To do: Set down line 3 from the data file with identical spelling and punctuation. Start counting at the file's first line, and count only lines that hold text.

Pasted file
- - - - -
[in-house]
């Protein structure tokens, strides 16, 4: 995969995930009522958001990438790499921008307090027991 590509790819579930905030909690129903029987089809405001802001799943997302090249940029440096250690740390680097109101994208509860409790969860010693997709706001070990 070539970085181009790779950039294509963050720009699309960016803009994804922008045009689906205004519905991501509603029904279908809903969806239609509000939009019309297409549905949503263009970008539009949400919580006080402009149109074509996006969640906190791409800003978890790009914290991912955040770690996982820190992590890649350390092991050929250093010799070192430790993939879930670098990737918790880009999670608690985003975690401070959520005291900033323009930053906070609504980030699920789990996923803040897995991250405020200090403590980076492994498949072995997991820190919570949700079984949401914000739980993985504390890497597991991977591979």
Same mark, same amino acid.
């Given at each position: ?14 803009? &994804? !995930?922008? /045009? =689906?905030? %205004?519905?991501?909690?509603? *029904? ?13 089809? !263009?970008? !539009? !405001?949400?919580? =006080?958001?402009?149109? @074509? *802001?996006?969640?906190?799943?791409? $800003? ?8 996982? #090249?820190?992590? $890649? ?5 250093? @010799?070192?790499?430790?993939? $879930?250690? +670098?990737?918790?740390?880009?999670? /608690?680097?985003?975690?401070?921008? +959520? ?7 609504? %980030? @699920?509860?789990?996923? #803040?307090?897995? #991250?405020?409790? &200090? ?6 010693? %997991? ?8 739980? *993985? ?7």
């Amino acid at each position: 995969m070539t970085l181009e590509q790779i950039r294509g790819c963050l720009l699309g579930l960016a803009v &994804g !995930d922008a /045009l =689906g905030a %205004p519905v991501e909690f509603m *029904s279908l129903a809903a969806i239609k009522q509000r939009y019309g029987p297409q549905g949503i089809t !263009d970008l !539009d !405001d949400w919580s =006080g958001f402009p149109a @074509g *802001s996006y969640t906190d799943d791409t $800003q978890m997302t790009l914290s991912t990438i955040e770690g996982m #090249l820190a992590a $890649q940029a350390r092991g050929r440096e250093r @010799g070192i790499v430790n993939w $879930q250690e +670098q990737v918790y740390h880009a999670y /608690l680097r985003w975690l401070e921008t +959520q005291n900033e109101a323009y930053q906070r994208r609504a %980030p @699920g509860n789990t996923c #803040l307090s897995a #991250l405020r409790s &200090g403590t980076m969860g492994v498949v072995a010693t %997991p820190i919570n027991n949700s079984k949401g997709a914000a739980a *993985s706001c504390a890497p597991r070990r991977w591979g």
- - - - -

Same mark, same amino acid.